August 13, 2013
Homeowners should have a color scheme in mind before they ever take a paint brush in hand. Part of the plan should consider the furniture already in the home and permanent elements that will complement the new colors like hickory hardwood flooring in Anderson's Hickory Forge collection.
Rejuvenating a room design can be done in a variety of ways and the color plan should remain flexible to allow changes to be introduced along the way, according to Better Homes and Gardens magazine. While decorating may be done along the lines of a particular style, homeowners' may want to go with a more eclectic look to accommodate different pieces of furniture they've accumulated through the years.
Atmosphere and space
Rooms may be "resized" with color. Light colors give spaces an expansive look that makes them appear larger while darker hues create a cozy atmosphere for rooms that would look cold and uninviting with lighter shades.
Another way to add architectural interest is to use stripes in an otherwise neutral room. A stripe of painted color can break up a large, undistinguished space by mimicking the look of molding. For a less formal style, painting vertical stripes on a secondary wall or room divider adds a whimsical touch.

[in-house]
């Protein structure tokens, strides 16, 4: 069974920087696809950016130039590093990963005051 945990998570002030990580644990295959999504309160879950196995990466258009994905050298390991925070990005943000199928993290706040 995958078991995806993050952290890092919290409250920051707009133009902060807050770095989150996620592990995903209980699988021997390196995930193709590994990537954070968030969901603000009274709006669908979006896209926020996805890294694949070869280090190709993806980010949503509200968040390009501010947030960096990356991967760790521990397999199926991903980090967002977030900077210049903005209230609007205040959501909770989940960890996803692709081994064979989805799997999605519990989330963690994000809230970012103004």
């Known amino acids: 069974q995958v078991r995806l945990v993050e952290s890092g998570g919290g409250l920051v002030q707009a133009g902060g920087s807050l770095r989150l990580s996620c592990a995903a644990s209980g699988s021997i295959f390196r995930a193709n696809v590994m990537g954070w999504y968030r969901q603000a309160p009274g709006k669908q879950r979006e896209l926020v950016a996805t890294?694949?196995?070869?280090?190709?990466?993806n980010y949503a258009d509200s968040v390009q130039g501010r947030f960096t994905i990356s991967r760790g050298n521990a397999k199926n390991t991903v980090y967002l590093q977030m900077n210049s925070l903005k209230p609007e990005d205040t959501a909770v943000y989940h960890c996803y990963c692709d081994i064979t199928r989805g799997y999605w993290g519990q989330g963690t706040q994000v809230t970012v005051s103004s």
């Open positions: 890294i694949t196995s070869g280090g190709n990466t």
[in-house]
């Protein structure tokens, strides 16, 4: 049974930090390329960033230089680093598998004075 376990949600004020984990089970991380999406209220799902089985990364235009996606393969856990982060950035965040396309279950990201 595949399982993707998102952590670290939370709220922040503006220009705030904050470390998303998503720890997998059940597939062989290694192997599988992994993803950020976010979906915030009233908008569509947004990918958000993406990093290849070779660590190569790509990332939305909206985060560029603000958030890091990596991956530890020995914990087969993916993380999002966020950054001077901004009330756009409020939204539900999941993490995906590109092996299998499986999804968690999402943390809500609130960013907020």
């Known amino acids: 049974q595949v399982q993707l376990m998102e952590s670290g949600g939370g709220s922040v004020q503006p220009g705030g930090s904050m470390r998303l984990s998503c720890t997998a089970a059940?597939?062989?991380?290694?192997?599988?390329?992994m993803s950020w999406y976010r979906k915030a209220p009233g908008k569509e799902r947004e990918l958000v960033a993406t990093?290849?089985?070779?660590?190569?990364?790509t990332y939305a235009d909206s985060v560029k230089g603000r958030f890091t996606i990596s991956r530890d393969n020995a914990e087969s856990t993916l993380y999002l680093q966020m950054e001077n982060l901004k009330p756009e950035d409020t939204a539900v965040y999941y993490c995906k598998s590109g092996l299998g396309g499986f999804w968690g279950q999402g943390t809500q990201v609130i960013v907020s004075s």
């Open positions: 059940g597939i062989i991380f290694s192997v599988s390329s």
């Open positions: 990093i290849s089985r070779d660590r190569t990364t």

Unless a piece of furniture is a true antique and difficult to replace, virtually any hard surface furnishings can be refreshed with a coat of paint and set the tone for a whole new look, according to HomesGardenDesign.com.
Built-ins can be treated the same way, particularly by contrasting the interior of shelving or the inside of a cabinet with a shade that contrasts with the exterior color. To create a backdrop for light-colored collectibles, the back of a cabinet should be in a darker color than the shelves. For open shelves and the wall behind them, a bolder, eye-catching color works best to showcase books and accessories.
To give a home design an unexpected twist, homeowners can juxtapose old and new furnishings or paint a utilitarian item such as pegboard in a bold color to create a focal point. Creating one colorful feature against neutral tones on the walls is one way to draw attention to a single area. One example is a red island that warms up a kitchen with wood cabinets and stainless steel appliances or a breakfast bar painted bright green to offset neutral hues.